Irritable bowel syndrome (IBS) is a common intestinal problem that affects the colon (the large intestine). It can cause cramps, gas, bloating, diarrhea, and constipation. It's sometimes called a "nervous stomach" or "spastic colon."
IBS can be uncomfortable and embarrassing, but it doesn't cause serious health problems. Doctors can help kids and teens manage IBS symptoms with changes in diet and lifestyle. Sometimes they prescribe medicines to help relieve symptoms.
What Are the Signs & Symptoms of Irritable Bowel Syndrome?
The main sign of IBS is belly pain or discomfort. Other signs include:
a change in bowel habits (pooping)
nausea (feeling sick)
feeling full quickly when eating
But having gas or a stomachache once in a while doesn't mean someone has IBS. Doctors consider it IBS when symptoms last for at least 3 months and include at least two of these signs:
pain or discomfort that feels better after a bowel movement (BM)
pain or discomfort together with changes in how often a person has to go to the bathroom
pain or discomfort along with changes in their stool (poop). Some people get constipated, and their poop is hard and difficult to pass. Others have diarrhea.
What Happens in Irritable Bowel Syndrome?
The colon absorbs water and nutrients from partially digested food. Waste products aren't absorbed, and move slowly through the colon toward the rectum. Then, they leave the body as feces (poop).
Muscles in the colon help the body do this. They squeeze and relax as they push undigested food through the large intestine. They work with other muscles in the rectum or pelvis to push feces out of the anus.
Undigested food in the colon can't move along smoothly if the colon's muscles don't work at the right speed for good digestion or don't work well with the other muscles. This can lead to belly cramps, bloating, constipation, and diarrhea.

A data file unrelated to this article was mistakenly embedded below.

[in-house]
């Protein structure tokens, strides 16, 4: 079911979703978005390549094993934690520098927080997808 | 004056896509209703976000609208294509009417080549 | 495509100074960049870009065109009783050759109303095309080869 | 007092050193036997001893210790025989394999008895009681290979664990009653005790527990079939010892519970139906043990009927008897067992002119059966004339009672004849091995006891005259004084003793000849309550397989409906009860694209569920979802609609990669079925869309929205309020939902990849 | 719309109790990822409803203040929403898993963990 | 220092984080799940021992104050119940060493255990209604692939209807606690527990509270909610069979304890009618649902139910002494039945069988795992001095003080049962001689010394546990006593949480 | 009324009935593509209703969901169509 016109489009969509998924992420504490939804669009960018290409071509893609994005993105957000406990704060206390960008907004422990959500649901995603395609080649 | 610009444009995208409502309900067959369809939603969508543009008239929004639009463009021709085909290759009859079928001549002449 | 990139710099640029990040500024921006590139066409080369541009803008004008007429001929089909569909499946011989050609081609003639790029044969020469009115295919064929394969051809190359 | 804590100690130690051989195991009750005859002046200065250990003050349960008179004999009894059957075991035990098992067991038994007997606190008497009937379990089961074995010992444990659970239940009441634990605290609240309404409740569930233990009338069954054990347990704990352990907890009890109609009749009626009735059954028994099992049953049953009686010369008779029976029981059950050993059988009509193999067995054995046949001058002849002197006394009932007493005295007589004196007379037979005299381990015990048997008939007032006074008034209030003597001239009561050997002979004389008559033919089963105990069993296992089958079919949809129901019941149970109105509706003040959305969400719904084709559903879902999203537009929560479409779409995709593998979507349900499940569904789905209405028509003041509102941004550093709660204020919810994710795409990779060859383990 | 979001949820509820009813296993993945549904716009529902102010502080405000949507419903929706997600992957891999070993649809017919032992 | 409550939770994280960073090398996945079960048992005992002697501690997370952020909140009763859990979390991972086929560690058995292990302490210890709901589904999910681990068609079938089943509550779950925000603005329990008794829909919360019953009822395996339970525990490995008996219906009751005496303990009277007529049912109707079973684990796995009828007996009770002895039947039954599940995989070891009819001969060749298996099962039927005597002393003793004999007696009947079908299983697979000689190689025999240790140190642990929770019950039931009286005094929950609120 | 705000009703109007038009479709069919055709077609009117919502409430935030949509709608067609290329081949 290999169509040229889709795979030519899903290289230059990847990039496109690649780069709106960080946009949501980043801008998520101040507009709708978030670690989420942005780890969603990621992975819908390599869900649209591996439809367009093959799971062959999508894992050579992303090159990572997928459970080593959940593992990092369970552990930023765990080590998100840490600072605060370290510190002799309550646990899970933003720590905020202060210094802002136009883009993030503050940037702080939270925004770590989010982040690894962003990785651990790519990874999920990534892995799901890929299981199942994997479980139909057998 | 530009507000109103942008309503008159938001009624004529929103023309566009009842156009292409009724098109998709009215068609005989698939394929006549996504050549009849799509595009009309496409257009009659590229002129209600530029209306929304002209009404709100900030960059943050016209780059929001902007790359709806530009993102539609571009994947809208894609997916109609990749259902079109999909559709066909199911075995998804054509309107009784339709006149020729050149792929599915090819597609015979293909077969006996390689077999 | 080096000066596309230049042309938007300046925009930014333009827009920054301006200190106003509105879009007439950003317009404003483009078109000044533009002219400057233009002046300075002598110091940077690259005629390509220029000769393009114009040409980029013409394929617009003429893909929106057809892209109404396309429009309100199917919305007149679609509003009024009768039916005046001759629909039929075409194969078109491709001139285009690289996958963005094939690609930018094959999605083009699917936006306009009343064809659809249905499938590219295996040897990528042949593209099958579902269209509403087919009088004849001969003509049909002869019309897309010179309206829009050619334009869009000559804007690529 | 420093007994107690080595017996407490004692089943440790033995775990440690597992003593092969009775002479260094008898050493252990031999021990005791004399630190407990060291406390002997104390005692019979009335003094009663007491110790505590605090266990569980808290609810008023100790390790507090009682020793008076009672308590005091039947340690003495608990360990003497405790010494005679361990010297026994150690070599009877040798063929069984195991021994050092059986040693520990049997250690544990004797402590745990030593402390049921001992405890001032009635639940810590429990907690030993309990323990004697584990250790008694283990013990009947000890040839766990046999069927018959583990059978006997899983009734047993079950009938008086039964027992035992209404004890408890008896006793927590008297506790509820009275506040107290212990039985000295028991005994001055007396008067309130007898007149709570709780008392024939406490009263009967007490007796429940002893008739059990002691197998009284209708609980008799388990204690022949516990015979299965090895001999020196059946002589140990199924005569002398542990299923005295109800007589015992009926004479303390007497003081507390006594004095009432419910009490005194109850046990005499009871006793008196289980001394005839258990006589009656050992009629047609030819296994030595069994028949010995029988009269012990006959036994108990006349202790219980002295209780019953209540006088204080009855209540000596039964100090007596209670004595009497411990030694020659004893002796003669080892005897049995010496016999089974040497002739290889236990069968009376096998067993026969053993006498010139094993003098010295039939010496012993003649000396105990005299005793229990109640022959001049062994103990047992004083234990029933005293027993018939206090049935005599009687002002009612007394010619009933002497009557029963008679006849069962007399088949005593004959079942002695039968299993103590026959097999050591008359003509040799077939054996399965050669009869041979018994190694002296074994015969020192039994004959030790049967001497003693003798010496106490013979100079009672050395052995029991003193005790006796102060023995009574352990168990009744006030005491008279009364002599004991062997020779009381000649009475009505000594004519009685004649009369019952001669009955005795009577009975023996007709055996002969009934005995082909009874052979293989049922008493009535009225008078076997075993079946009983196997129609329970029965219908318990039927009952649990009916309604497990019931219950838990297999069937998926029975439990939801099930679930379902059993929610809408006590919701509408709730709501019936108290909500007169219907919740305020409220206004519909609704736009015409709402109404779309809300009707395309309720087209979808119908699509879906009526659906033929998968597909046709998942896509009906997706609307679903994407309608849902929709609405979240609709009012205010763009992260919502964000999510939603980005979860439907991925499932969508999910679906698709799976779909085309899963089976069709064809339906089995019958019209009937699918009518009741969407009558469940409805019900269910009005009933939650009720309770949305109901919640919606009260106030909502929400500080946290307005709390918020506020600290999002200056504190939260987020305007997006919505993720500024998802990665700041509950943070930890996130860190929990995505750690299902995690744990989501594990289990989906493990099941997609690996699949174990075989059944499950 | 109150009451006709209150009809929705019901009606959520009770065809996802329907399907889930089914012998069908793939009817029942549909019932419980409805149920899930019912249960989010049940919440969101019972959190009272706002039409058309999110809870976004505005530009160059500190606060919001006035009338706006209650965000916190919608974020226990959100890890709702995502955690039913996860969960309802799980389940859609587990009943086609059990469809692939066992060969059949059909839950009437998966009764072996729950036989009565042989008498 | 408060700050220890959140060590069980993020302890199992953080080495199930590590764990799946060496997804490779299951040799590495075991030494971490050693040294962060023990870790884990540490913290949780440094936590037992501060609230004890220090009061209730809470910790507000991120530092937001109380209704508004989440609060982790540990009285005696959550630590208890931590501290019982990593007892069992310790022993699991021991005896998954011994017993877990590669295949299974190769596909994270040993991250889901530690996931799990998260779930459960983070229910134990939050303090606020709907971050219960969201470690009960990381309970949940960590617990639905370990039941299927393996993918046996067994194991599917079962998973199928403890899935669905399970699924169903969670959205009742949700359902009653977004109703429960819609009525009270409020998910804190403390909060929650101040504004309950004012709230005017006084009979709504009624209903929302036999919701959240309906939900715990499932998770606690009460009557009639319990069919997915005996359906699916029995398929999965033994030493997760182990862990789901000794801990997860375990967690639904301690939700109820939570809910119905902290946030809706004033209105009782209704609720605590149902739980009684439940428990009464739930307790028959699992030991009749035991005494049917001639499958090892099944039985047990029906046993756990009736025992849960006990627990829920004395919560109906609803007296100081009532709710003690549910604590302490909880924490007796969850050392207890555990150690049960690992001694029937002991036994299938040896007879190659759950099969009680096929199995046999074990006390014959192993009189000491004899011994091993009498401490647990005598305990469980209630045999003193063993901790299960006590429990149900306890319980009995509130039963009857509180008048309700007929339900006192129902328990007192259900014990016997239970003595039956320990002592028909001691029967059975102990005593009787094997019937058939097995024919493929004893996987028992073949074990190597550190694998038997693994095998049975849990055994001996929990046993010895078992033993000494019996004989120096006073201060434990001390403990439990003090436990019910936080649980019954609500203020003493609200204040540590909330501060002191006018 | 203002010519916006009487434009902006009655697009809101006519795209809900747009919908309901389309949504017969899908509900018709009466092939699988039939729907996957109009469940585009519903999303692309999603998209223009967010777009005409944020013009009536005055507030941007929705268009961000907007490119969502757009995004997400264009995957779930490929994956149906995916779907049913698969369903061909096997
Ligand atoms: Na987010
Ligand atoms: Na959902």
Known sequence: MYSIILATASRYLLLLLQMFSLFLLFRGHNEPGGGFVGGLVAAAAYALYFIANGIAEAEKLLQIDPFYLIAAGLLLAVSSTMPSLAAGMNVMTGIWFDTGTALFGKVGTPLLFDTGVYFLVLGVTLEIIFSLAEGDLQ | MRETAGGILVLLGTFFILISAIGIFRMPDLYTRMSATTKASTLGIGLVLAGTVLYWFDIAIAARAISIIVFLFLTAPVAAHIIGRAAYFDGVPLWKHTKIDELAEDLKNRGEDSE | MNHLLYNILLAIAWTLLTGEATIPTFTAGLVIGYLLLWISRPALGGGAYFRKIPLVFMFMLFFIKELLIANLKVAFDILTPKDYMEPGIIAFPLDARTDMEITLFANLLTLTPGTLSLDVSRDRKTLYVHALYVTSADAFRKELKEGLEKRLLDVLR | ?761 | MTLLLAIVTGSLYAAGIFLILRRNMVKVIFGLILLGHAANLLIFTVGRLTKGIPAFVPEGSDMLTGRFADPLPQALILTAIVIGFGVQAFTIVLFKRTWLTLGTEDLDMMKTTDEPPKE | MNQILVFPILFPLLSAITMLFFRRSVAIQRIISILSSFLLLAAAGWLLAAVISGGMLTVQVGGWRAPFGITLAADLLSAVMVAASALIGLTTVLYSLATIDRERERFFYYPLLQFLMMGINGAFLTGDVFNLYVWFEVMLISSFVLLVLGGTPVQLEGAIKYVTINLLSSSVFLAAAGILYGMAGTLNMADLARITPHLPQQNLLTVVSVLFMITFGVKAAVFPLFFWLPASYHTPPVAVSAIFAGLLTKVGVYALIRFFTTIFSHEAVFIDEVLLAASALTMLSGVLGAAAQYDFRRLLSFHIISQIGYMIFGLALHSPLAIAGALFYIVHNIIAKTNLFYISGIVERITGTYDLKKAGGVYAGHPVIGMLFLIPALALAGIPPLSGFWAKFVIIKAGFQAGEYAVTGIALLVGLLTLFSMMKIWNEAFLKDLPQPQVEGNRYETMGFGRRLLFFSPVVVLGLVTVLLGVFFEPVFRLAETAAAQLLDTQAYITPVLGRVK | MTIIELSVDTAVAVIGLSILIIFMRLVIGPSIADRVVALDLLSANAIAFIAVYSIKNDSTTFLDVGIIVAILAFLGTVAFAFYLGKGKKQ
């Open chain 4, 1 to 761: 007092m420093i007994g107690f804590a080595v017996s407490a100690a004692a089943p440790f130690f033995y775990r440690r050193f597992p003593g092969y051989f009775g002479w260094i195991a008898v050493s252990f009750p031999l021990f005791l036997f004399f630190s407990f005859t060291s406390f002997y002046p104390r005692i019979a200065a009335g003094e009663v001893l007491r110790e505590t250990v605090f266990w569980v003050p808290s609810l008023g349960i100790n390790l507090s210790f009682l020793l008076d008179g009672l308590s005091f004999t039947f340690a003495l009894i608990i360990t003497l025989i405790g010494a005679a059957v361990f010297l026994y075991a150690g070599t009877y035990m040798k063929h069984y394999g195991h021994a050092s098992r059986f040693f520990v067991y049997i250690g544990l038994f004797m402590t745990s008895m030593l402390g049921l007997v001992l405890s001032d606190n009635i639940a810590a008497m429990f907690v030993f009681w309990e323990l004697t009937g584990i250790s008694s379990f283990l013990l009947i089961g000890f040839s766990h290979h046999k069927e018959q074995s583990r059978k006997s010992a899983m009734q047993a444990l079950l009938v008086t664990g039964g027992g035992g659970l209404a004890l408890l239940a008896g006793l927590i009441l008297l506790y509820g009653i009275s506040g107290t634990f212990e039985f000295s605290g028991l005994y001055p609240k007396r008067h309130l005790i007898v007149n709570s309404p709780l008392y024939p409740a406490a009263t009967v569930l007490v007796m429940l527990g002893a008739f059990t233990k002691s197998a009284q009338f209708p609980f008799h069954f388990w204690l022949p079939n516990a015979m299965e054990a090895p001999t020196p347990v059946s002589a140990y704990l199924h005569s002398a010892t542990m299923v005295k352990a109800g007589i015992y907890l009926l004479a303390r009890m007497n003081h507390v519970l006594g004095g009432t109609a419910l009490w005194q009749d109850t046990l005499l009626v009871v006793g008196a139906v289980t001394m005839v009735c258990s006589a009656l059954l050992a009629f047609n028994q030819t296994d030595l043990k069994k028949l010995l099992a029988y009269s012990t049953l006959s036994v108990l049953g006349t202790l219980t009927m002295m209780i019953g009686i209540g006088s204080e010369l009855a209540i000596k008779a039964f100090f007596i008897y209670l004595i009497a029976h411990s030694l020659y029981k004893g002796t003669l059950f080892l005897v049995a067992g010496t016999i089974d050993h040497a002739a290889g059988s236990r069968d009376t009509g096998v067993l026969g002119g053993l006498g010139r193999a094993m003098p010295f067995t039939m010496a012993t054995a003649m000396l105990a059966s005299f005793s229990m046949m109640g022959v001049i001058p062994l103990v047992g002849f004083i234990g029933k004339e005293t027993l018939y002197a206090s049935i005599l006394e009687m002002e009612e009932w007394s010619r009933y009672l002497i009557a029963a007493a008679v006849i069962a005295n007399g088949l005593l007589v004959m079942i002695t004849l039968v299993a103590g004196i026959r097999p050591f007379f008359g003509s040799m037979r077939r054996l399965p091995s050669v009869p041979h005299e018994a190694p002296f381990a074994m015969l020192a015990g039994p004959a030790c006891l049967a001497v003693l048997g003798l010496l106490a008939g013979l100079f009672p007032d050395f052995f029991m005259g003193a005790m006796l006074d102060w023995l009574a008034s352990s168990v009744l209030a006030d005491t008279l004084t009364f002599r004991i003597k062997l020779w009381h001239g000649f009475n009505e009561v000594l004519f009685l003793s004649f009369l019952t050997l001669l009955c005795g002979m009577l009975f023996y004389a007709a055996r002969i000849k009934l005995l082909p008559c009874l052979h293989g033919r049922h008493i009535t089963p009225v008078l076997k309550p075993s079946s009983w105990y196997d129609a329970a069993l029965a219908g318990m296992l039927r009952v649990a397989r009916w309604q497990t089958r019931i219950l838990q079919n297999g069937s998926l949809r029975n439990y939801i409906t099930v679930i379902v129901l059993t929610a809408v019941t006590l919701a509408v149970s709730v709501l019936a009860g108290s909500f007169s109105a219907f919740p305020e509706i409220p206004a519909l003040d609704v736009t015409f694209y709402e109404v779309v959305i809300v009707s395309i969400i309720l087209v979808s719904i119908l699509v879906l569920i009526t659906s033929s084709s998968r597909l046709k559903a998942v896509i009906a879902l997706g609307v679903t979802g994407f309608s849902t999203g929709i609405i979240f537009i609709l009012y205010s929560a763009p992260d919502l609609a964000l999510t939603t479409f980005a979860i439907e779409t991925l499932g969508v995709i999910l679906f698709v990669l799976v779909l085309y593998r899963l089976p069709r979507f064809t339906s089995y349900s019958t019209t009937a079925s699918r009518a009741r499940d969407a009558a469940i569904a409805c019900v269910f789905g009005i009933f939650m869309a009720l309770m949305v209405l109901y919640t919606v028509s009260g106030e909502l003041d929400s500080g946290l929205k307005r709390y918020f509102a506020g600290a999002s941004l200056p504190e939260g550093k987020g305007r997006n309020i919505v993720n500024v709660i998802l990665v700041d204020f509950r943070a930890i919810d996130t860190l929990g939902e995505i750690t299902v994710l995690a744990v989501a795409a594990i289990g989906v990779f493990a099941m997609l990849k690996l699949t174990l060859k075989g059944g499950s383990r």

What Causes Irritable Bowel Syndrome?
The specific cause of IBS isn't known, but it tends to run in families.
Some foods — like milk, chocolate, drinks with caffeine, gassy foods, and fatty foods — can trigger IBS symptoms. So can infections, and anxiety and stress. Some kids with IBS are more sensitive to emotional upsets. Nerves in the colon are linked to the brain, so things like family problems, moving, or taking tests can affect how the colon works.
Kids with IBS may be more sensitive to belly pain, discomfort, and fullness than kids. Sometimes, people never find out what brings on their IBS symptoms.
How Is Irritable Bowel Syndrome Diagnosed?
There is no specific test for IBS. To diagnose it, doctors ask about symptoms and do an exam. They'll ask if anyone in the family has IBS or other gastrointestinal problems.
Talking about things like gas and diarrhea can be embarrassing for kids. Reassure your child that the doctor deals with issues like this every day and needs the information to help your child feel better.
The doctor may suggest keeping a food diary to see if any foods trigger your child's IBS symptoms. The doctor might ask about stress at home and at school.
Most of the time, doctors don't need medical tests to diagnose IBS. Sometimes they order blood tests and stool tests, X-rays, or other tests to be sure another medical problem isn't causing the symptoms.
How Is Irritable Bowel Syndrome Treated?
There's no cure for IBS. But many things can help reduce IBS symptoms, including:
Changes in eating. Some kids find that careful eating helps reduce or get rid of IBS symptoms. Your child might have to avoid milk and dairy products, caffeine, gassy foods, or other foods that seem to bring on problems. Eating smaller, more frequent meals also might help.
Changes in lifestyle. If IBS is tied to stress, talk about what your child can do to manage pressures related to school, home, or friends.
Regular exercise. Exercise can help digestion. It's also a great stress reliever.
Medicines. Doctors sometimes prescribe medicines to treat diarrhea, constipation, or cramps. Antidepressants may help some people with pain management and depression. Talk with your doctor before giving your child any over-the-counter medicines for diarrhea, constipation, cramps, or other digestive problems.
Counseling and coping strategies. If your child seems very anxious or depressed, your doctor might recommend seeing a psychologist or therapist. Therapy, hypnosis, breathing exercises, or other relaxation techniques can help some people manage IBS.
IBS can affect your child's quality of life. Talk with your doctor about ways to manage it to help your child lead an active and healthy life.